I needed an accompaniment to my milkshake IPA, so why not a smoothie sour (recipe)? I’m always trying to discover new ways to turn 10 gallons of wort into two completely different beers. In this case it was by pulling five gallons before adding the bittering hops.
The un-hopped wort started with a terrifically quick acidification thanks to Omega Lacto Blend, followed by primary fermentation with 12 strains of Brett courtesy of East Coast Yeast Dirty Dozen (no brewer’s yeast was harmed in the making of this beer). After those two fermentations I loaded apricot puree and then plenty of Citra and Amarillo into the fermentor. Something like Cantillon Fou’ Foune meets Kern River Citra Double IPA!
Sour beers often have fizzy head retention, but I did everything I could to promote stable foam for this batch: adding CaraPils and wheat flour to the mash and pre-acidifying the wort to a pH of 4.4 to inhibit protein breakdown by the Lactobacillus.
Appearance – Looks like an apricot smoothie in the best possible way. Glowing peachy-apricot body with a sturdy white head. Probably the best retention I’ve been able to produce on a sour beer!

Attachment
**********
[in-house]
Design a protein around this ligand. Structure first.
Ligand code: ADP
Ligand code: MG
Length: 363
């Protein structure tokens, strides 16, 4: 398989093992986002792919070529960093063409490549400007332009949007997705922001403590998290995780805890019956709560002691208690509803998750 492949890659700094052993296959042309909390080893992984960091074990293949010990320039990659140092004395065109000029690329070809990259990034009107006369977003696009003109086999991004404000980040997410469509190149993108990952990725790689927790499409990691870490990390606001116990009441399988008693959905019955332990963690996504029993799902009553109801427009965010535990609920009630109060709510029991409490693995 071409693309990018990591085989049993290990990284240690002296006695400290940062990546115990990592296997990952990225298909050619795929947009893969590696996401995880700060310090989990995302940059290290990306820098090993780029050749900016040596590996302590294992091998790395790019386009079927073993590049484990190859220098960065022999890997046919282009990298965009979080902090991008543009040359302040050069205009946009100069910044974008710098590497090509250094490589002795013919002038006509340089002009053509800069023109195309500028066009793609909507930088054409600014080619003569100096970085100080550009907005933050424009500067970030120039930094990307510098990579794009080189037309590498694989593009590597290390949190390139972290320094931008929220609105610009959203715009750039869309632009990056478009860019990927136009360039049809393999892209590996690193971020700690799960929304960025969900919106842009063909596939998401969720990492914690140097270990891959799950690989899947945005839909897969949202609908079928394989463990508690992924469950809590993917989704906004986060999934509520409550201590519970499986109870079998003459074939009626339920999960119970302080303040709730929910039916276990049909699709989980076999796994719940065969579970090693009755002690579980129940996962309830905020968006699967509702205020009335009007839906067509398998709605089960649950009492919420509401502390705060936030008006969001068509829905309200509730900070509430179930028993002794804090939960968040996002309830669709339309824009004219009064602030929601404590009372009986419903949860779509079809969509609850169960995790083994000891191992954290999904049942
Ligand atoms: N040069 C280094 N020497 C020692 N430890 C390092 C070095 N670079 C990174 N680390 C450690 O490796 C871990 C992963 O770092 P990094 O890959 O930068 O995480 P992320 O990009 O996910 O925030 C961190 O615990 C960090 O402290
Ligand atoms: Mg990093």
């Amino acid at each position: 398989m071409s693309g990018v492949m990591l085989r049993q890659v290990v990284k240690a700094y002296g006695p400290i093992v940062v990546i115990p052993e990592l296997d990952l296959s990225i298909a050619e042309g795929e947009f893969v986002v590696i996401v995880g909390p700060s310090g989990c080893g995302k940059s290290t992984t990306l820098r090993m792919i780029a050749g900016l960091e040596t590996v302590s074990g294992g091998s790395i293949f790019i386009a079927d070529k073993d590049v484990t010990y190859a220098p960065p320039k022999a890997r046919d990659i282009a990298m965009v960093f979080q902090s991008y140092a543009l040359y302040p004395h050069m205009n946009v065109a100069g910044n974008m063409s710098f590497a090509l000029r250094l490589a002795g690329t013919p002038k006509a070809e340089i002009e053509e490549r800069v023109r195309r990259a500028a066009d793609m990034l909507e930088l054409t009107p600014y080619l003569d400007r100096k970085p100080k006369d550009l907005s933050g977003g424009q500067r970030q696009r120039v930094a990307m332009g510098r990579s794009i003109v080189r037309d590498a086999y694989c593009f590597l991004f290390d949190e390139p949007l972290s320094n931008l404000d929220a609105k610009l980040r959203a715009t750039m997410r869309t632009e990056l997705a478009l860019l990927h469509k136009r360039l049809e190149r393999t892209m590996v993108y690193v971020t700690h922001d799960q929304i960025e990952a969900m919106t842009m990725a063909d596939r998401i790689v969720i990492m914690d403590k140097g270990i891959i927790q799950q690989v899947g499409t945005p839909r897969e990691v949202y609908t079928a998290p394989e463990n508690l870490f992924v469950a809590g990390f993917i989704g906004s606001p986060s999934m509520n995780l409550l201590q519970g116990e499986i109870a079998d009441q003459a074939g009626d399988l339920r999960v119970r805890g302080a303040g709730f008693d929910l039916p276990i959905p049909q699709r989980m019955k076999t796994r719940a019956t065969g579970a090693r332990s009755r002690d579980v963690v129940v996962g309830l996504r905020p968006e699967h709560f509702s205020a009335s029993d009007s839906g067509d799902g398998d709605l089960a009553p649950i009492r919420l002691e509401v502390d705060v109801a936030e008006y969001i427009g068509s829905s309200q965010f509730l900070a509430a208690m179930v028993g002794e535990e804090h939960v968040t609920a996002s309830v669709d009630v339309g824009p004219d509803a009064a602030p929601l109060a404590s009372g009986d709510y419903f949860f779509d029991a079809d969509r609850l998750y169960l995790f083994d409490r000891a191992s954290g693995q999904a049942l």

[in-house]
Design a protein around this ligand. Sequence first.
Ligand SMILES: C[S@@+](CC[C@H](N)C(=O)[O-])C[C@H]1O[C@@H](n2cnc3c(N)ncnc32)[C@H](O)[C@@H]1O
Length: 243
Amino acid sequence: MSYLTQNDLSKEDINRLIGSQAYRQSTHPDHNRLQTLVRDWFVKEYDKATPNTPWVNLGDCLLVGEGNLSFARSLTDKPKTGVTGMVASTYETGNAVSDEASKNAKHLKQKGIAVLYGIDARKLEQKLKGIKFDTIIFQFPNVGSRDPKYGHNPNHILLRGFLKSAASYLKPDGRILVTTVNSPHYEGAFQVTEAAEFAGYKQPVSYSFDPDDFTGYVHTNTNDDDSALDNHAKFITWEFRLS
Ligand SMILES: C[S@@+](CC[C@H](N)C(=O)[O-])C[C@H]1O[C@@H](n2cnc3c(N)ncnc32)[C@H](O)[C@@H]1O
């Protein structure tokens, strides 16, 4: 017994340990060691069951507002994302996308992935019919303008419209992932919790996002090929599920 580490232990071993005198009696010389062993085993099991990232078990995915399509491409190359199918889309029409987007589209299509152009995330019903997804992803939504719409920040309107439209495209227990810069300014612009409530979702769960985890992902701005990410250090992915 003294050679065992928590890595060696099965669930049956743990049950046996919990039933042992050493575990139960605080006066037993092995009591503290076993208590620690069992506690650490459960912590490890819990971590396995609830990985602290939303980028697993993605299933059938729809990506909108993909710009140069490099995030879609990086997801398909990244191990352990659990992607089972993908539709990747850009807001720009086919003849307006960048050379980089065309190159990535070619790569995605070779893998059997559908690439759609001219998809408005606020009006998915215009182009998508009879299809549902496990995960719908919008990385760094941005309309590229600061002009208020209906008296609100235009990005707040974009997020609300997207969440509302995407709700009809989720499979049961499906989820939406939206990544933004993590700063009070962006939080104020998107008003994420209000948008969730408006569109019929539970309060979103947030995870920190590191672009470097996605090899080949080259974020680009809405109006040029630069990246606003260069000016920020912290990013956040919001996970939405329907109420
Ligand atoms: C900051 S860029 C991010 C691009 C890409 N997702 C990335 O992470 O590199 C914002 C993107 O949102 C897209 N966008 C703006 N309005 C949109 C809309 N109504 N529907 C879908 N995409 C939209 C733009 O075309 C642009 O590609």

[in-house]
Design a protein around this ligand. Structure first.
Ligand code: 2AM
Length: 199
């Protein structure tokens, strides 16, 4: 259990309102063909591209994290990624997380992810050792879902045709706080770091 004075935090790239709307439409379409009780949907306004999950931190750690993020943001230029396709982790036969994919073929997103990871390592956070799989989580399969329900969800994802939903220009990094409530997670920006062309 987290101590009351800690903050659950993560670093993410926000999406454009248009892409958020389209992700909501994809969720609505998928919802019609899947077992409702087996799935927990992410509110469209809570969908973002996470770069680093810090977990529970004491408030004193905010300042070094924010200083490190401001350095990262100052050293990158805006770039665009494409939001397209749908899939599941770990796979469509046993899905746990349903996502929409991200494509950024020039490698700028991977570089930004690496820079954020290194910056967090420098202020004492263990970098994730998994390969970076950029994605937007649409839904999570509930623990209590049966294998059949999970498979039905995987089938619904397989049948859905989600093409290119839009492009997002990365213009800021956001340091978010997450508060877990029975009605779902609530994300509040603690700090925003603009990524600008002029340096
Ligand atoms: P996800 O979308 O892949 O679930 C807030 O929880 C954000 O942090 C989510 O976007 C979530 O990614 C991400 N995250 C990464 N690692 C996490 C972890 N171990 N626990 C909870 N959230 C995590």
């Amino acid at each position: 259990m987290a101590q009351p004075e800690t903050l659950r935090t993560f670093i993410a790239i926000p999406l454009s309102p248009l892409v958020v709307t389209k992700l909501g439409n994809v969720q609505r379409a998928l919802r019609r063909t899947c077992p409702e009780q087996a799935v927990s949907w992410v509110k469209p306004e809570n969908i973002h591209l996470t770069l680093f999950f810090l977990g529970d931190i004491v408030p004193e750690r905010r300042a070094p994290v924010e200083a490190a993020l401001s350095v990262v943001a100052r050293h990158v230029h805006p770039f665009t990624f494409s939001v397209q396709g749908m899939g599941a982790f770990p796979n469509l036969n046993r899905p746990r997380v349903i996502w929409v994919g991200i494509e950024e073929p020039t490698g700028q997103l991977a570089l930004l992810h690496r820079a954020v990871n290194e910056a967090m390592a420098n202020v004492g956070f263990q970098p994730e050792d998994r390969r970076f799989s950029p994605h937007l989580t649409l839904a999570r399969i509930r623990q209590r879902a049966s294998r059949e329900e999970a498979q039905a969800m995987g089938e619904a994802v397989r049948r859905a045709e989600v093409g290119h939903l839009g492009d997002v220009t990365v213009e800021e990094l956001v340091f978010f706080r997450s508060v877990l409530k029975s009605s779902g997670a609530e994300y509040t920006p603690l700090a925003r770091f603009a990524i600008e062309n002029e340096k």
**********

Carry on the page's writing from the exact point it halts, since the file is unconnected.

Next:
Smell – There is a big fresh and dried apricot aromatics, with just a touch of the Amarillo fruitiness carrying through. With four ounces of dry hops serving as an accent, you can get an idea of how intense the fruit is! Minimal Brett character, but there is a slight toasty/earthy character I’ll give it credit for. The hops, especially the dankness of the Citra, come through more as I approach the bottom of the glass.
Taste – While several million years of primate evolution suggest that fruity aroma will translate to sweetness, there isn’t much to be found. The juicy apricot carries through beautifully, but the sugar is gone, replaced by big acidity. Very lactic, bright, and sharp. Coats the mouth is a slurry of fruit, hops, and acid. A loud beer, all the flavors are turned up more than would work were each alone, but in concert they synergize surprisingly well!
Mouthfeel – Light and lively, but not tannic or thin. While there is plenty of acidity from the quick Lactobacillus fermentation, I didn’t allow the Brett enough time to break down the dextrins.
Drinkability & Notes – Not a beer that excels at subtlety, but damn if I don’t keep going back for another sip. Not as good as either the Cantillon or Kern River alone, but I’m sure it’s better than dumping them together 50/50! Next time I would dial back the acidity and apricot respectively to increase the drinkable and allow the hops/Brett to shine through. This is a base beer (co-pitching the Lacto and Brett) that I’ll likely come back to with other flavor combinations!
Source: The Mad Fermentationist